Cardiac Allograft Vasculopathy Progression Associated With Intraplaque Neovascularization

Department of Cardiovascular Medicine, Osaka University Graduate School of Medicine, Osaka, Japan.
Journal of the American College of Cardiology (Impact Factor: 16.5). 03/2013; 61(9):e149. DOI: 10.1016/j.jacc.2012.08.1036
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Available from: Issei Komuro, Aug 24, 2015
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    ABSTRACT: Although survival after heart transplantation (HTx) has improved in recent years, cardiac allograft vasculopathy (CAV) is still the leading cause of remote morbidity and mortality in HTx recipients, partly because of difficulty with its diagnosis. In general, routine surveillance for CAV is advocated with coronary angiography accompanied by intravascular ultrasound (IVUS) if necessary. However, these modalities have limitations with respect to low spatial resolution, and sufficient qualitative/quantitative assessment of coronary intima has not been accomplished. Recently, optical coherence tomography (OCT) has emerged as a novel intracoronary imaging technique using an optical analogue of ultrasound with a spatial resolution of 10-20 µm, which is 10 times greater than IVUS. We here experienced a 49-year-old male who received a HTx 3 years ago, and OCT was executed during low molecular weight dextran injection. OCT demonstrated distinct double intimal layers probably consisting of a donor-transmitted atherosclerotic layer and an inner intimal proliferation due to CAV, which was indistinguishable by IVUS and virtual histological analyses. We believe that OCT imaging is not only a new loadstar during treatment of CAV but also a new generation modality for screening for early CAV in HTx recipients.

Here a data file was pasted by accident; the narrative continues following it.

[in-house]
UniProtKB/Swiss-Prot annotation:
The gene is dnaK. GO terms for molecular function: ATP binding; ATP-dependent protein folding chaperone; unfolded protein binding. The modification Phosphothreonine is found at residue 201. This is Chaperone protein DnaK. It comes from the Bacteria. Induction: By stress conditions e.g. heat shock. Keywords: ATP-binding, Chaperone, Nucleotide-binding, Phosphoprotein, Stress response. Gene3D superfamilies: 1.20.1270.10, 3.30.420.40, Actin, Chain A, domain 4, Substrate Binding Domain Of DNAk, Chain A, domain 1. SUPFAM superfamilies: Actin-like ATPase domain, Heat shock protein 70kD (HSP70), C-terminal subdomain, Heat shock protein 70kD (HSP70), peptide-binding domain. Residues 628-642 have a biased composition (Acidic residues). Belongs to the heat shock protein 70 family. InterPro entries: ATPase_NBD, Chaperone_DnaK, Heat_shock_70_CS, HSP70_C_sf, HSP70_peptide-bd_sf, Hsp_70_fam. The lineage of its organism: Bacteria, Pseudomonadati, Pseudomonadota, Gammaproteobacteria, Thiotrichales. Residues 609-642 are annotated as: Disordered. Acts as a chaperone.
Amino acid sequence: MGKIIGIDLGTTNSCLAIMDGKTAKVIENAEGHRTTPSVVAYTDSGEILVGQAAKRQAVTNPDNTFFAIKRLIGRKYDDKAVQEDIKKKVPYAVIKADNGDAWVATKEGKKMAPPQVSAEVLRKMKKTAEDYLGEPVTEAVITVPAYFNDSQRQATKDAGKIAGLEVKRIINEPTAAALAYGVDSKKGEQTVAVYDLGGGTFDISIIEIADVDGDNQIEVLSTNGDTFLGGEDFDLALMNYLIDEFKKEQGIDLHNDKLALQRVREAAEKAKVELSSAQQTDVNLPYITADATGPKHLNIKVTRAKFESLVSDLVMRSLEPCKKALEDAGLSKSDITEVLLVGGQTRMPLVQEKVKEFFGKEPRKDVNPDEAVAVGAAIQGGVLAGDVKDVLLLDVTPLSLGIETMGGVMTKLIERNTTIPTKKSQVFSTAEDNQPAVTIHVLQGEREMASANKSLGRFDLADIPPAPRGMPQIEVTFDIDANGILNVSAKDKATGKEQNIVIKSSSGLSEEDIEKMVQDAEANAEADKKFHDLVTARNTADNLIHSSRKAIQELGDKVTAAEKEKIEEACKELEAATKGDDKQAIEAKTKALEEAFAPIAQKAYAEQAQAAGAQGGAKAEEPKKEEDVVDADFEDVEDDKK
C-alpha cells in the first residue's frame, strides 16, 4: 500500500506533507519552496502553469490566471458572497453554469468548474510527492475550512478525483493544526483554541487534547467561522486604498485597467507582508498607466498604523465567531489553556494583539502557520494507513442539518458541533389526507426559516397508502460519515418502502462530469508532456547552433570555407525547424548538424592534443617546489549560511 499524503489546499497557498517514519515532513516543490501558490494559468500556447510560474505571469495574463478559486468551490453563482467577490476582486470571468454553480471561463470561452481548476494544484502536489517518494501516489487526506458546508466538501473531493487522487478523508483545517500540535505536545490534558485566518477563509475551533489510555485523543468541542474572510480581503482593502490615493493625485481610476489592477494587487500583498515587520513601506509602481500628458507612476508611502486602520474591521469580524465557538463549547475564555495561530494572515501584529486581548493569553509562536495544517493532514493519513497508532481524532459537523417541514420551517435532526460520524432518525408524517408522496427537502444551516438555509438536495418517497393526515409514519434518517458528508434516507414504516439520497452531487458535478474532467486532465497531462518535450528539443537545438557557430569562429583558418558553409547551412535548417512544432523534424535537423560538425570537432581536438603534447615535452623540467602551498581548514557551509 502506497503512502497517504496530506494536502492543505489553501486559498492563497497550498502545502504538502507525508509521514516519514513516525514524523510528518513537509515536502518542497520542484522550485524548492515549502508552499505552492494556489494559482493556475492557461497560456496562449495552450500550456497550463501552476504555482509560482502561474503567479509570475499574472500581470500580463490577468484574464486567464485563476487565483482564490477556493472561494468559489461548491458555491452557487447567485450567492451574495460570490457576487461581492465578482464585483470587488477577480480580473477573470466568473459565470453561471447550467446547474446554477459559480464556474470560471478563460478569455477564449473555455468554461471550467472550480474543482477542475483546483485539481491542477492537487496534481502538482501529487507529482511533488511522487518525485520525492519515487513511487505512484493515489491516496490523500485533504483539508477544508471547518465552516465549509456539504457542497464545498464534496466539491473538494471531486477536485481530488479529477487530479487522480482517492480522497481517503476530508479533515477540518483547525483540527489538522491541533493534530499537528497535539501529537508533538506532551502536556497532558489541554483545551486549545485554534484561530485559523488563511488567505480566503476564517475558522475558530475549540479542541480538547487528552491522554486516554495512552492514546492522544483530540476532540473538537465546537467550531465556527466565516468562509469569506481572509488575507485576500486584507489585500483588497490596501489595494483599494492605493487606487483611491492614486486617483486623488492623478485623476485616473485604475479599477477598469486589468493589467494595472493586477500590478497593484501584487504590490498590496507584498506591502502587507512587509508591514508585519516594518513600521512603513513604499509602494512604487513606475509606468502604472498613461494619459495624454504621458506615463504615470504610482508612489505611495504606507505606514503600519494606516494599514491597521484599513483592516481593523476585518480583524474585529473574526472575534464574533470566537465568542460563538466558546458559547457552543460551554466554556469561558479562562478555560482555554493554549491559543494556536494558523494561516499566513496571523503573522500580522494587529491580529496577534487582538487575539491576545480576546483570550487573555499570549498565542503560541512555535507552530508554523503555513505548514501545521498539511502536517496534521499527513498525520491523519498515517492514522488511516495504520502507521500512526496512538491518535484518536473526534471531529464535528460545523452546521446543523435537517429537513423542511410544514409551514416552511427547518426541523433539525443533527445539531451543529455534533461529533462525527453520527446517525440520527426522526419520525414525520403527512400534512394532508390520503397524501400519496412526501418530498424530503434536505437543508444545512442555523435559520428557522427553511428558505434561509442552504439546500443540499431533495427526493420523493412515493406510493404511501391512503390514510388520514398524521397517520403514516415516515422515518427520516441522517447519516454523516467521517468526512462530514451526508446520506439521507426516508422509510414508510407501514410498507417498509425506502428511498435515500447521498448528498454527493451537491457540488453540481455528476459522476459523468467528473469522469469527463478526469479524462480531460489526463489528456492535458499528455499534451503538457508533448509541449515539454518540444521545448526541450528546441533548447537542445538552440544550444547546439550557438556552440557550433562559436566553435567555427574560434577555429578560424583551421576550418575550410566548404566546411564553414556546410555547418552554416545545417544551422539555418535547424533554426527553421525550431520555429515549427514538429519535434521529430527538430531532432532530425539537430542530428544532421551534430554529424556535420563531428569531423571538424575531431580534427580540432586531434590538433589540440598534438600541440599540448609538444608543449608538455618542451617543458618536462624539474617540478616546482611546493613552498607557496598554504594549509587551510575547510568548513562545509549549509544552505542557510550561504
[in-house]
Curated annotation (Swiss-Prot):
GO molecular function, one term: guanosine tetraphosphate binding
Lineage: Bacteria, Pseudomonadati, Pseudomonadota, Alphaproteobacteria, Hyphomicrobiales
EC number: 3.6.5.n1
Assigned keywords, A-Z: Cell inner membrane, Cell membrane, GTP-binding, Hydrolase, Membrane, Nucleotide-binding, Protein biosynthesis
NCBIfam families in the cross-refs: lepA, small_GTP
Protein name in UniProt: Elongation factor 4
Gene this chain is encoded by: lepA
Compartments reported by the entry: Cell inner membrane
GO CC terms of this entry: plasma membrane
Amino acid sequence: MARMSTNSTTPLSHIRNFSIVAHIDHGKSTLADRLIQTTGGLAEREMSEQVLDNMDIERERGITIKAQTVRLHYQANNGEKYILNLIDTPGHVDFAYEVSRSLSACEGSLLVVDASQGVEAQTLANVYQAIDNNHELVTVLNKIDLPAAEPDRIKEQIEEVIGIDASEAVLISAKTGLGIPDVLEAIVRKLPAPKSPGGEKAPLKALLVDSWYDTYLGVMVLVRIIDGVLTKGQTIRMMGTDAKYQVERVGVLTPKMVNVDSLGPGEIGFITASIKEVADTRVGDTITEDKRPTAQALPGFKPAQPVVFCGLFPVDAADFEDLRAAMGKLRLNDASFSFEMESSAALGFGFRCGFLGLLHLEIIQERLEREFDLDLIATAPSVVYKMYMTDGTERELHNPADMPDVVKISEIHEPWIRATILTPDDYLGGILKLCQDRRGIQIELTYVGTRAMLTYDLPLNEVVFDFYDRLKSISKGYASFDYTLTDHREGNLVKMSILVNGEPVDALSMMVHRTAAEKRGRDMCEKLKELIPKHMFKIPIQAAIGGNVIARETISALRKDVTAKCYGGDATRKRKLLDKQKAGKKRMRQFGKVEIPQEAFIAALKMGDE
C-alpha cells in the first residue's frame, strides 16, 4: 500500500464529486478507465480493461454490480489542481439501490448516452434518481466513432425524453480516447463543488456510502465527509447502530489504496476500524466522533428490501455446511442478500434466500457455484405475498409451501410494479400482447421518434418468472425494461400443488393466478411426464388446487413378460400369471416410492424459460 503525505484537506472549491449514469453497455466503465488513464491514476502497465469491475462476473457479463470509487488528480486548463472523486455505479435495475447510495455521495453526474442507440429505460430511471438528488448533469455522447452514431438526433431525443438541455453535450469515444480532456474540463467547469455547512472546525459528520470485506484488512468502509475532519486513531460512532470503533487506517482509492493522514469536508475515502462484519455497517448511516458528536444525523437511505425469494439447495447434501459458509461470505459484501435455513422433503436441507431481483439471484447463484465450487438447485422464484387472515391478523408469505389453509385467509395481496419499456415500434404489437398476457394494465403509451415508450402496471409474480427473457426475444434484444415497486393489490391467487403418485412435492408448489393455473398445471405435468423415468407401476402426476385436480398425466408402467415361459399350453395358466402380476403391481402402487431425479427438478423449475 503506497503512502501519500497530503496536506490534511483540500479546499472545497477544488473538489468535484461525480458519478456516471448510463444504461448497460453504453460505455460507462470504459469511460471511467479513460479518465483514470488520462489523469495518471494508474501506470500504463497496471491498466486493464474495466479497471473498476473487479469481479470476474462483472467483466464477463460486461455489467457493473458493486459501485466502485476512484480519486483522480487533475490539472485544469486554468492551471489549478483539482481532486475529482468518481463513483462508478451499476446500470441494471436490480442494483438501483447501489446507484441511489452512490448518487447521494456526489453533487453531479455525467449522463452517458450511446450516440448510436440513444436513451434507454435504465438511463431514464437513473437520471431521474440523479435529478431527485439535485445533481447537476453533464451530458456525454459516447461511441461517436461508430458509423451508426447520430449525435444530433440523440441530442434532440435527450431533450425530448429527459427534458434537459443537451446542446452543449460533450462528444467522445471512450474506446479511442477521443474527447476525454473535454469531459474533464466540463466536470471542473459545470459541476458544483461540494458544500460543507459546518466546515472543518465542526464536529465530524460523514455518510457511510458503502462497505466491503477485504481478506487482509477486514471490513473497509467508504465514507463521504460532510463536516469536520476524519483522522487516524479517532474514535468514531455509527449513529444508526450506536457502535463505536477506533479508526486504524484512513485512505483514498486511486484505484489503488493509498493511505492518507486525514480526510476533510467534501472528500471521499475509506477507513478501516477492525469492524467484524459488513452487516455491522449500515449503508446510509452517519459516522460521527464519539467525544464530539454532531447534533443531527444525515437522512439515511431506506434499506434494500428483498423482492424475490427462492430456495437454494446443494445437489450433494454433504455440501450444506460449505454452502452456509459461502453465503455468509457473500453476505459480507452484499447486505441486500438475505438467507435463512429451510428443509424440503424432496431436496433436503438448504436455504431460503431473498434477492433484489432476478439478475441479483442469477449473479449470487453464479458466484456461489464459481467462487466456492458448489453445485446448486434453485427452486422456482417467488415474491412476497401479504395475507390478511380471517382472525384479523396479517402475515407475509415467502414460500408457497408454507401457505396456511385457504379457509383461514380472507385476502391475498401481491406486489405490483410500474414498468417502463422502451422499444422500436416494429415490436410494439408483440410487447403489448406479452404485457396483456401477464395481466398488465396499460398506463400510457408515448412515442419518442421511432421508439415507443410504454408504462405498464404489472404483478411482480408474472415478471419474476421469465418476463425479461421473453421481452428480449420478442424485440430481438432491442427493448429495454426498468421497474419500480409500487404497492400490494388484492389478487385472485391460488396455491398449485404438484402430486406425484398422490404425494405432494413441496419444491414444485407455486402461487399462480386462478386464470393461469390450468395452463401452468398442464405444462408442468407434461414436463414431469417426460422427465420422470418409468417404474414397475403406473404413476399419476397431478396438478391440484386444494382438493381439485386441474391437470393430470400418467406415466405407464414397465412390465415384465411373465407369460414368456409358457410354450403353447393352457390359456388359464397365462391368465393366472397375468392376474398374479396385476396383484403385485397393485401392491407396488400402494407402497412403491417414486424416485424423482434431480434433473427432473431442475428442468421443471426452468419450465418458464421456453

International Heart Journal 03/2014; 55(2). DOI:10.1536/ihj.13-279 · 1.07 Impact Factor
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    ABSTRACT: Objectives: This study sought to evaluate adventitial vasa vasorum (VV) in vivo with novel imaging technique of optical coherence tomography (OCT). Methods: To verify OCT methods for quantification of VV, we first studied 2 swine carotid arteries in a model of focal angiogenesis by autologous blood injection, and compared microchannel volume (MCV) by OCT and VV by m-CT, and counts of those. In OCT images, adventitial MC was identified as signal-voiding areas which were located within 1 mm from the lumen-intima border. After manually tracing microchannel areas and the boundaries of lumen-intima and media-adventitial in all slices, we reconstructed 3D images. Moreover, we performed with OCT imaging in 8 recipients referred for evaluation of cardiac allograft vasculopathy at 1 year after heart transplantation. MCV and plaque volume (PV) were assessed with 3D images in each 10-mm-segment. Results: In the animal study, among the 16 corresponding 1-mm-segments, there were significant correlations of count and volume between both the modalities (count r(2) = 0.80, P < 0.01; volume r(2) = 0.50, P < 0.01) and a good agreement with a systemic bias toward underestimation with m-CT. In the human study, there was a significant positive correlation between MCV and PV (segment number = 24, r(2) = 0.63, P < 0.01). Conclusion: Our results suggest that evaluation of MCV with 3D OCT imaging might be a novel method to estimate the amount of adventitial VV in vivo, and further has the potential to provide a pathophysiological insight into a role of the VV in allograft vasculopathy.
    Atherosclerosis 03/2015; 239(1). DOI:10.1016/j.atherosclerosis.2015.01.016 · 3.99 Impact Factor